While the polls that show Trump on top are all more reliable than those that were used to actualize Carson’s dominance in terms of sample size and margin of error, the sequence in which they were portrayed brings about another defining characteristic regarding polls. Accuracy does not assure a wider release by the media. The public accessibility of polls is largely due to what will make the most headlines or draw the most viewer interest.
While current polls show that Trump has regained a healthy lead over Carson in nearly every state, these polls are signaling the rise of another candidate who has largely gone under the radar: Texas Senator Ted Cruz. Many Republicans have come under fire from President Obama for their calls for a stronger strategy to combat ISIS and more cautionary measures on the intake of Syrian refugees. It would come as no surprise if a Cruz surge became the new mainstream talk of polls, given that he has claimed second place in a CBS poll conducted among likely Republican voters in Iowa. Although the poll has a hefty 6.2% margin of error, its mainstream attention could signal the arrival of a Cruz-favoring polling era.
With the election close to a year away, the polls so far have seemingly served little purpose other than making for profitable headlines. However, with Super Tuesday just around the corner, and a series of debates approaching, the polls will likely come under increased scrutiny as voters begin to make their decisions as to who they want to be the next President of the United States. Because polls also determine debate placement, added attention as to which polls are used becomes a responsibility of the news network hosting the debate. At the recent GOP debate hosted by Fox Business Network, Governor Mike Huckabee of Arkansas and Governor Chris Christie of New Jersey were disqualified from the main debate stage because of low polling numbers. Trump still took center-stage despite Carson’s recent takeover as the official frontrunner.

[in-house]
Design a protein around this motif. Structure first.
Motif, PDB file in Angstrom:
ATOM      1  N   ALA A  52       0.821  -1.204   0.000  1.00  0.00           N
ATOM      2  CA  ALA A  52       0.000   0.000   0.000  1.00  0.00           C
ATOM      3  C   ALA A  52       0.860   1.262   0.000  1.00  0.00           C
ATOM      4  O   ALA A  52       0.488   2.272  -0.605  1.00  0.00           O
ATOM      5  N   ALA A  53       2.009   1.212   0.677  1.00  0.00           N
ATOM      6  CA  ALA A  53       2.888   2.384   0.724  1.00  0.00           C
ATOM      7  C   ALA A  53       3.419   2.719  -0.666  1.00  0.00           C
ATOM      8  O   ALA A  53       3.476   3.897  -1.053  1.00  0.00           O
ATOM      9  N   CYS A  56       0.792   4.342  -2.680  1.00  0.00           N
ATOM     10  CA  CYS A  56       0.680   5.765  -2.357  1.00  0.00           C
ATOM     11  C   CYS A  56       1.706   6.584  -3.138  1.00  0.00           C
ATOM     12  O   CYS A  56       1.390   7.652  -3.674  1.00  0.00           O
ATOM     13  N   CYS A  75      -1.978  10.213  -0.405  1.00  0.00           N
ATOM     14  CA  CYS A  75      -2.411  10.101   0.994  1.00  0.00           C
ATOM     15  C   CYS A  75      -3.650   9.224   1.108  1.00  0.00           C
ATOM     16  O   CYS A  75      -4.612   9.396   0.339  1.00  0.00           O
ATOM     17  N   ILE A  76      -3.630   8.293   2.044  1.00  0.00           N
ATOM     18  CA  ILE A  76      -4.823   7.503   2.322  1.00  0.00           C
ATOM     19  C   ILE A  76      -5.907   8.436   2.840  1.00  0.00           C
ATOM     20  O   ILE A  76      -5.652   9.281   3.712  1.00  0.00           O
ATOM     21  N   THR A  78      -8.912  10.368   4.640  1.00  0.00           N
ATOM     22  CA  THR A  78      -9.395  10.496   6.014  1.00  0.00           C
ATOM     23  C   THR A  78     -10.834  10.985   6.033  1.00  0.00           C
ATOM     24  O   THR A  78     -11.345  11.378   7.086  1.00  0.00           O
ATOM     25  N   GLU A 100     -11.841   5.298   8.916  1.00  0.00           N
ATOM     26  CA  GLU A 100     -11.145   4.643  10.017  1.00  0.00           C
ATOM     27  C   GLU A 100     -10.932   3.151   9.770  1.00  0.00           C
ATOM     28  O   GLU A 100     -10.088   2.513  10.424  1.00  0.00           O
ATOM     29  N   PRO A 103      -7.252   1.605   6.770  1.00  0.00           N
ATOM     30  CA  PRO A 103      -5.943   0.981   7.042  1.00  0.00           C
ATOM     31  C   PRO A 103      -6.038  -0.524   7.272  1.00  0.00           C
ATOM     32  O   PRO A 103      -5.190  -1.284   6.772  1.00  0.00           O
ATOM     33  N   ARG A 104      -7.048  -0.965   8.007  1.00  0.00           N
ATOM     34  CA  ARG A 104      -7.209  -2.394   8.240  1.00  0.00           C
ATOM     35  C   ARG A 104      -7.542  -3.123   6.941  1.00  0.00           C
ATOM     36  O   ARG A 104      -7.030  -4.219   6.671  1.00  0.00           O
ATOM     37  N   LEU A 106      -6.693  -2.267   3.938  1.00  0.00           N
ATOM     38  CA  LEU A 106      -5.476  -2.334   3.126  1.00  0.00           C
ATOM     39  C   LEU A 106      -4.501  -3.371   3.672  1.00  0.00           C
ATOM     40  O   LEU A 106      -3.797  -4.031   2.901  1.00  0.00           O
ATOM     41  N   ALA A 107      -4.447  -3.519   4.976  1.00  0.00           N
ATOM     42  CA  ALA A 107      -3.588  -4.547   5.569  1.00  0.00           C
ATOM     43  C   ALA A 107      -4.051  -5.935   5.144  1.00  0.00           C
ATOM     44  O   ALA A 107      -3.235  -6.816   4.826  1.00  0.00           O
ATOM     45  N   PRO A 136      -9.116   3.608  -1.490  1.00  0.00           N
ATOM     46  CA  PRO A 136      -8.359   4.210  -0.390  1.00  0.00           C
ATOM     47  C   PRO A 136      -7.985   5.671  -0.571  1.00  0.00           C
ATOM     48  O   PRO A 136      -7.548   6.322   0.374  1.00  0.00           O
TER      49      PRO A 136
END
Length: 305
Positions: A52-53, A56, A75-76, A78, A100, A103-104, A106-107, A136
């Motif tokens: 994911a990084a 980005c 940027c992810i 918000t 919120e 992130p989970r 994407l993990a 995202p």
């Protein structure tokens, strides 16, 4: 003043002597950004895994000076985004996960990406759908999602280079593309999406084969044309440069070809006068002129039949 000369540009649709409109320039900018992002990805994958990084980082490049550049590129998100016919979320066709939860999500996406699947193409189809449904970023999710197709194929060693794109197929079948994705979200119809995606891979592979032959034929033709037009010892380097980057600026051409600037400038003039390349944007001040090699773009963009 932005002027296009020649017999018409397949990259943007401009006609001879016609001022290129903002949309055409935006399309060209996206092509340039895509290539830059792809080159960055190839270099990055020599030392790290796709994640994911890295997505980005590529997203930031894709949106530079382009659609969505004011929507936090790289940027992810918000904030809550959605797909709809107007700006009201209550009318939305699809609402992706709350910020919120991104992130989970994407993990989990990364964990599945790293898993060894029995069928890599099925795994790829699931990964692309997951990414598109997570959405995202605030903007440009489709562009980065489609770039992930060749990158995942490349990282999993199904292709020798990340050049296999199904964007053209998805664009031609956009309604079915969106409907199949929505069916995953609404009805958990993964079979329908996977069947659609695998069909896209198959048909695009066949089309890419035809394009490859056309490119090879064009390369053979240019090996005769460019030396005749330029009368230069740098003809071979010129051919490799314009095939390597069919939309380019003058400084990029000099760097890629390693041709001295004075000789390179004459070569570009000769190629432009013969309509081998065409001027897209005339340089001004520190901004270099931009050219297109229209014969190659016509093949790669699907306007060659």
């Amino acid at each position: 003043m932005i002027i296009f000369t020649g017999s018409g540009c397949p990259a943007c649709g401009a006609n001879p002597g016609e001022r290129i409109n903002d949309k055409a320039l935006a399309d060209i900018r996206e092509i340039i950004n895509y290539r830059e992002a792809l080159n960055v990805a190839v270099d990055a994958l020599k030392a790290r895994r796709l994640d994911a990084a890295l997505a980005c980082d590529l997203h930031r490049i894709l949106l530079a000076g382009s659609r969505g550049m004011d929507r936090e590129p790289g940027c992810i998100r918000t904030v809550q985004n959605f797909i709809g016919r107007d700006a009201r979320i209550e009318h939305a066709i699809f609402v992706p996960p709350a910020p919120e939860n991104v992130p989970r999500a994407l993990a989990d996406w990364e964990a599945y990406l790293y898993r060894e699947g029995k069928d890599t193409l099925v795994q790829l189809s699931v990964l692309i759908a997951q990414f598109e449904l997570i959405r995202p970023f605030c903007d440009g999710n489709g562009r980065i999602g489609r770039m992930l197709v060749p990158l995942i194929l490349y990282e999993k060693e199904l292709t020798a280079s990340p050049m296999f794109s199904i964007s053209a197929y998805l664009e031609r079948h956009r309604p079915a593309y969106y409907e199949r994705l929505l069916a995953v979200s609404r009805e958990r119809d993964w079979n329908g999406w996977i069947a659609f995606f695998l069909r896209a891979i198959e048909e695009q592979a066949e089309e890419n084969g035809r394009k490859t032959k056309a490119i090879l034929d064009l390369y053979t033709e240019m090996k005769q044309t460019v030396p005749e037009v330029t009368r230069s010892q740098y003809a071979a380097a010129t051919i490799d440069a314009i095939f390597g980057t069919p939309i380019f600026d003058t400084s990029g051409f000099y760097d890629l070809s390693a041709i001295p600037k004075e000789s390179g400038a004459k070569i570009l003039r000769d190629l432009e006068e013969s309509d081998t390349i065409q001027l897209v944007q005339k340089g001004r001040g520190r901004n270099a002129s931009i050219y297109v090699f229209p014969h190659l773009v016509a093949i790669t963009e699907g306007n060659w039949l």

Although many polls are put out there for publicity’s sake, their relevance is taken into consideration in the context of more serious matters. As Iowa is set to caucus on Monday, February 1, 2016, many of the polls to come will place some candidates over another, and will ultimately influence campaign decisions as they did back in 2012. A 500-person sample does not accurately reflect the views of millions of people in every state. Small polls do not ensure that the sampled people will actually make the effort to vote. Yet, polls do matter, and they will very likely determine campaign strategy despite their inherent inaccuracies.